This week, Spaceflight Industries collected a major funding round, strengthening another player in the state’s commercial space industry. Meanwhile, startups Magicflix and PatrolTag raised smaller sums; Expedia continued its spending spree; Avalara picked up assets from a Brazilian tax company; Cambia Grove opened its doors; ChickTech is opening a Seattle chapter; EnergySavvy is collaborating with a competitor, Opower; and new funding is available for energy research. Read on for details:
—Spaceflight Industries announced a $20 million Series B funding round from RRE Venture Capital and Vulcan Capital to expand its staff and grow its business developing, launching, and operating small satellites. The investment, joined by Razor’s Edge Ventures, further bolsters the commercial space industry in Washington state, which is anticipating significant growth with the arrival of SpaceX. Spaceflight Industries includes Spaceflight Systems (known formerly as Andrews Space), Spaceflight Services, and Spaceflight Networks.
—Bellevue, WA-based Expedia continued its spending spree, this time through an investment in Latin American-focused Decolar.com. In addition to a $270 million purchase of a minority share of Decolar, Expedia says it will work more closely with the company on hotel room supplies, deepening a business relationship dating to 2002. The deal follows Expedia’s acquisitions of Orbitz and Travelocity earlier this year. The three deals, announced less than two months apart, are worth a combined $1.85 billion.
—Another week, another acquisition by Bainbridge Island, WA-based tax software provider Avalara. This time, the company scooped up tax content and technology for the Brazilian market from a consultancy based there called SuitePlus. “Brazilian taxes are some of the most complicated in the world for businesses to process accurately and efficiently,” says Avalara founder and CEO Scott McFarlane in a news release. “Our agreement with SuitePlus allows Avalara to address this complexity both within and outside of Brazil.”
—The Cambia Grove, a collaboration space for healthcare innovation in Seattle, opened its doors today. The 9,000-square-foot collection of open offices and conference rooms at 1800 Ninth Avenue is meant to be a place for large healthcare providers and insurers to meet up with smaller companies, entrepreneurs, and investors. We covered the announcement of the project in October.
—Magicflix, which provides a subscription streaming service of safe, curated online video for kids, announced a $500,000 funding round from investors including Geoff Entress and Andrew Wright. The Techstars Seattle 2014 graduate offers families videos without advertising or the temptation of the rest of the dirty Internet just a click away. It charges $4.99 a month.
—PatrolTag, a Seattle startup making an inexpensive home security system called Korner Safe for renters and middle-income homeowners, says it raised funding from members of the Alliance of Angels. CEO Steve Hollis would not disclose the amount of the investment. Last year, PatrolTag conducted a successful Indiegogo campaign, attracting $420,000 from more than 3,100 contributors.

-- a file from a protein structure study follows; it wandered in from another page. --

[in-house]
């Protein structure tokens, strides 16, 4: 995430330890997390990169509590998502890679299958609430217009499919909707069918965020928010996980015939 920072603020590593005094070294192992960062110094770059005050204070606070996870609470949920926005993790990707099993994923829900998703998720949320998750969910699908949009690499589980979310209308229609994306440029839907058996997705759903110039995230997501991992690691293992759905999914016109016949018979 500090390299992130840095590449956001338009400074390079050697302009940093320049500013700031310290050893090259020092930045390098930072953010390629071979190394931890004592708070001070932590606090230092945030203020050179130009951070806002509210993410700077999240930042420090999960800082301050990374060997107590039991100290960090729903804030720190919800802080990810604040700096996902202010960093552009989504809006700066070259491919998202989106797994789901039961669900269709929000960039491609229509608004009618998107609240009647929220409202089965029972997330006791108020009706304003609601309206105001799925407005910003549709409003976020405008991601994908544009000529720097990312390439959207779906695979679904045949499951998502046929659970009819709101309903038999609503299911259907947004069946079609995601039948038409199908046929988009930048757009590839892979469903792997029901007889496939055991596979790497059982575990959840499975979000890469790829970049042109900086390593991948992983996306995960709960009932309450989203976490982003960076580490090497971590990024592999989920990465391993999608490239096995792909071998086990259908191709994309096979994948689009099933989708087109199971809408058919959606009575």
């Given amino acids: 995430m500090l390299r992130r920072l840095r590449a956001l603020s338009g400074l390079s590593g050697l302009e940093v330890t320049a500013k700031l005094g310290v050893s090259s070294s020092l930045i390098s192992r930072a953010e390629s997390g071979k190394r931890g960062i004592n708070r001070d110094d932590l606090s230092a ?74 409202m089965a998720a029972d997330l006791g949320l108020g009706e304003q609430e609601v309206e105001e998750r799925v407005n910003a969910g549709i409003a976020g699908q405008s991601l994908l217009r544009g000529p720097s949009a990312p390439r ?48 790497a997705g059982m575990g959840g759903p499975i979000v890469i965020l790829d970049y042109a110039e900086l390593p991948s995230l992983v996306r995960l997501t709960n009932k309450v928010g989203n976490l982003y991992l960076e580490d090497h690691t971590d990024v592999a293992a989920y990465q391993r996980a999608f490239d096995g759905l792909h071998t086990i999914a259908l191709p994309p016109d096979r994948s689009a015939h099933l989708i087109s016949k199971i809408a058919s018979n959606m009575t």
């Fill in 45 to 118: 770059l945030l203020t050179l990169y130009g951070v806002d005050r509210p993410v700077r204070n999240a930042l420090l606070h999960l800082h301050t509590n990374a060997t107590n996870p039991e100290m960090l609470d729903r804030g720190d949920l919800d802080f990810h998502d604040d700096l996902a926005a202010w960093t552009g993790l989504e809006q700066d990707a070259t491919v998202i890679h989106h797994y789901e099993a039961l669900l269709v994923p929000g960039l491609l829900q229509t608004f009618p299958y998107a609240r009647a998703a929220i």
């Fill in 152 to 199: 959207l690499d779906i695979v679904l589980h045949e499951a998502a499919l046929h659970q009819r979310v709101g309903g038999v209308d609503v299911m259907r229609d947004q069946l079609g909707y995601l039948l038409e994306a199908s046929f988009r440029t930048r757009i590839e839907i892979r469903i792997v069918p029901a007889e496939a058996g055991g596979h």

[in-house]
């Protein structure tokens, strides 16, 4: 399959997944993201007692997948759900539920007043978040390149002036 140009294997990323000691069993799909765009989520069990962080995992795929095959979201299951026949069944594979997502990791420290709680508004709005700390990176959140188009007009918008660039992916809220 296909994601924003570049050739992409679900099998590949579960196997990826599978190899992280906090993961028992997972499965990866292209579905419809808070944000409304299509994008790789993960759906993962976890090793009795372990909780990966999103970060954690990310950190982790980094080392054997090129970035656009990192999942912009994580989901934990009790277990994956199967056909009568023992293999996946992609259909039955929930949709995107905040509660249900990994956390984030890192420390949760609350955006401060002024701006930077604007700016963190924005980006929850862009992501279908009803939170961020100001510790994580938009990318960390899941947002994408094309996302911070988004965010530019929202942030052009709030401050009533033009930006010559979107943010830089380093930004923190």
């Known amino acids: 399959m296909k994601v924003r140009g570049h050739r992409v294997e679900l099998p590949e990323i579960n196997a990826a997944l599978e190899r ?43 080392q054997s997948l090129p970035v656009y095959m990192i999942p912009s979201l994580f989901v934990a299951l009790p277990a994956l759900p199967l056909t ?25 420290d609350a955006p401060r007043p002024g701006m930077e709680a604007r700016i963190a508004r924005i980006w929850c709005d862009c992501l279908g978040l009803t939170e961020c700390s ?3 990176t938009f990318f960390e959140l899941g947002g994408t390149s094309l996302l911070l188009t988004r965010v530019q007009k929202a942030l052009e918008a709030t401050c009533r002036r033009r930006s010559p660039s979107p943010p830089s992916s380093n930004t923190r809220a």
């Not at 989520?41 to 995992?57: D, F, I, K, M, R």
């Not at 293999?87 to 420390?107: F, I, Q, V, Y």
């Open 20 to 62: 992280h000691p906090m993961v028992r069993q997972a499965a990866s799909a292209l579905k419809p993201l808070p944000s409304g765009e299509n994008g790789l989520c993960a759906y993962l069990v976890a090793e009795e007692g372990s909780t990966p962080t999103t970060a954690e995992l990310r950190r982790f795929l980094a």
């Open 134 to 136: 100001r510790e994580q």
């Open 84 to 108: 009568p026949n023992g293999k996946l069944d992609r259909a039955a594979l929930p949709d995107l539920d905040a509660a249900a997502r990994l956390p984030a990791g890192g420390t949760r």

—Seattle investors including Founders’ Co-op and Seattle Angel Conference invested in San Francisco-based mobile marketing startup GlimpzIt. The company announced a $1.1 million seed round. It makes a tool allowing marketers to have visual conversations in real-time with consumers.
—EnergySavvy, a Seattle company making software to help utilities manage customer relationships and electricity demand, says it will collaborate with Opower, an Arlington, VA-based maker of similar software. “By leveraging the Opower platform, we’re able to provide customers with a much richer solution on a faster timeline, avoiding the IT risk utilities confront with other approaches,” says EnergySavvy CEO Aaron Goldfeder in a news release. The companies have some 20 customers in common. Also, EnergySavvy landed a new customer with American Electric Power unit AEP Ohio.
—The Bonneville Power Administration, which markets power from federal hydroelectric dams on the Columbia and Snake Rivers and operates the regional electricity transmission grid, has some $5 million in research funding. The federal agency’s Office of Technology Innovation is accepting applications through March 27 for research and development proposals in areas including “transmission technologies, data intelligence, generation asset management, and next-generation energy efficiency and demand response technologies.”
—Portland, OR-based ChickTech, which supports women and girls in or considering technology careers, is opening a Seattle chapter as part of an expansion plan that will take the group to Chicago, New York, and elsewhere in 2015. The inaugural Seattle event is ACT-W, a combination career fair and conference scheduled for May 16 at Zulily. In November, the group plans to begin its ChickTech: High School program, which seeks to support up to 100 high school girls who have the aptitude for science, technology, engineering, and mathematics careers, but have not yet taken advantage of programs available to them.